From ABA Now:
The recently signed immigration law in Arizona runs contrary to the fundamental tenets of our Constitution relative to equal protection and due process. This draconian, and likely unconstitutional, law threatens to reverse nearly 50 years of civil rights advancements in our nation. It is, quite simply put, a law based on prejudice and fear, one whose purpose is to be divisive.
This law encourages second-class treatment of individuals based on the color of their skin, and that is unacceptable. The American Bar Association has long opposed these kinds of initiatives because they intrude on personal civil rights and because they belie our nation’s principle of justice for all. When justice for anyone in America is threatened, it diminishes us all as a free people.
As the ABA’s landmark study in our March 2010 report on the immigration adjudication system demonstrates, the U.S. immigration system is fundamentally broken. Indeed, the ABA is aggressively urging Congress to enact immigration reform as a top priority. The Arizona law gives the authority of state and local police to engage in a broad range of immigration enforcement activities, enforcement that is — and should remain — a federal responsibility.
Only with a comprehensive national approach can we enhance our border and national security — which will benefit Arizona and all states — while humanely and realistically addressing the undocumented population and our overburdened immigration court system, and preserving our American traditions of fairness and due process under the law.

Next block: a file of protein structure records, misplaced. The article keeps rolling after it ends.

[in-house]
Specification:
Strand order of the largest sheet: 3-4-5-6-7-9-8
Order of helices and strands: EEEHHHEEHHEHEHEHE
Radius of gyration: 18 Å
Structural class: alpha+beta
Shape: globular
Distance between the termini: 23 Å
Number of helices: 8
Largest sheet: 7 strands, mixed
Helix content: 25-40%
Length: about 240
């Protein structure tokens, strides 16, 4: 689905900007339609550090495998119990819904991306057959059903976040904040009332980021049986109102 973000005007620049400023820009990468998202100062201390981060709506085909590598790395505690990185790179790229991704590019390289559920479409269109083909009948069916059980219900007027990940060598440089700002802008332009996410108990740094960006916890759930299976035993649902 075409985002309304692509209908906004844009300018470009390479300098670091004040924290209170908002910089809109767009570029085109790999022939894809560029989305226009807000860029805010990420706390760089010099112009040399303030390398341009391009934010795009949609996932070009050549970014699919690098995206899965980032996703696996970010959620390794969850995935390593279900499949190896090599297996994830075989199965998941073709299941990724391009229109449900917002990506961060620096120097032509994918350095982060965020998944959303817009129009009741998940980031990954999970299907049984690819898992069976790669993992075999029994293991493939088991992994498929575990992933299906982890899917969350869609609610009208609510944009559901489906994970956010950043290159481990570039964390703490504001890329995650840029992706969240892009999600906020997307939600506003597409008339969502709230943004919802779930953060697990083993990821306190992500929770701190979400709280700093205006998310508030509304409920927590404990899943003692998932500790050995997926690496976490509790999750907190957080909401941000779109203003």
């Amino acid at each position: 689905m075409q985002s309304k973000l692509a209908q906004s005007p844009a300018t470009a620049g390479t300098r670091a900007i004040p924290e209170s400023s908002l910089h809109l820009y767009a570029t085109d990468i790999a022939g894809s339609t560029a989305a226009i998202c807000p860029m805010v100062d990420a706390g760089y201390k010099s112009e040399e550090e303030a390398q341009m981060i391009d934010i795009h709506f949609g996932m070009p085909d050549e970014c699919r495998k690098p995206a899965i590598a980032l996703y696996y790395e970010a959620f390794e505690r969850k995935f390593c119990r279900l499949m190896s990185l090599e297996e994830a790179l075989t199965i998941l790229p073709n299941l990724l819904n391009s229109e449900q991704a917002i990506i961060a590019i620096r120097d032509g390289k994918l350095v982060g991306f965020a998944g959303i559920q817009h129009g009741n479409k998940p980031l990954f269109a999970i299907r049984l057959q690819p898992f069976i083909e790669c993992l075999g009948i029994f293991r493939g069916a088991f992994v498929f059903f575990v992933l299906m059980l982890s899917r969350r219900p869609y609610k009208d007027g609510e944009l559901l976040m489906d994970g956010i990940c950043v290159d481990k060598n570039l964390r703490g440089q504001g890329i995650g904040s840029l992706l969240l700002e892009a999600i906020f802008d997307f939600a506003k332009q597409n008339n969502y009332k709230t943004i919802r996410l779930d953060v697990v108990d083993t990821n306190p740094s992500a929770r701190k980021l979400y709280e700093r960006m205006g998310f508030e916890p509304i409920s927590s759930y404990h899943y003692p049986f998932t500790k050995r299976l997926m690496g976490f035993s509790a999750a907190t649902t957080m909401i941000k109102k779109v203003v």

As we become more globally interdependent, more sensitivity between peoples and nations is called for, not less. We as Americans must hearken back to the principles on which our nation was formed and which have led to our providing a beacon of liberty for the rest of the world. This law throws a cloak over that light.
With nearly 400,000 members, the American Bar Association is the largest voluntary professional membership organization in the world. As the national voice of the legal profession, the ABA works to improve the administration of justice, promotes programs that assist lawyers and judges in their work, accredits law schools, provides continuing legal education, and works to build public understanding around the world of the importance of the rule of law.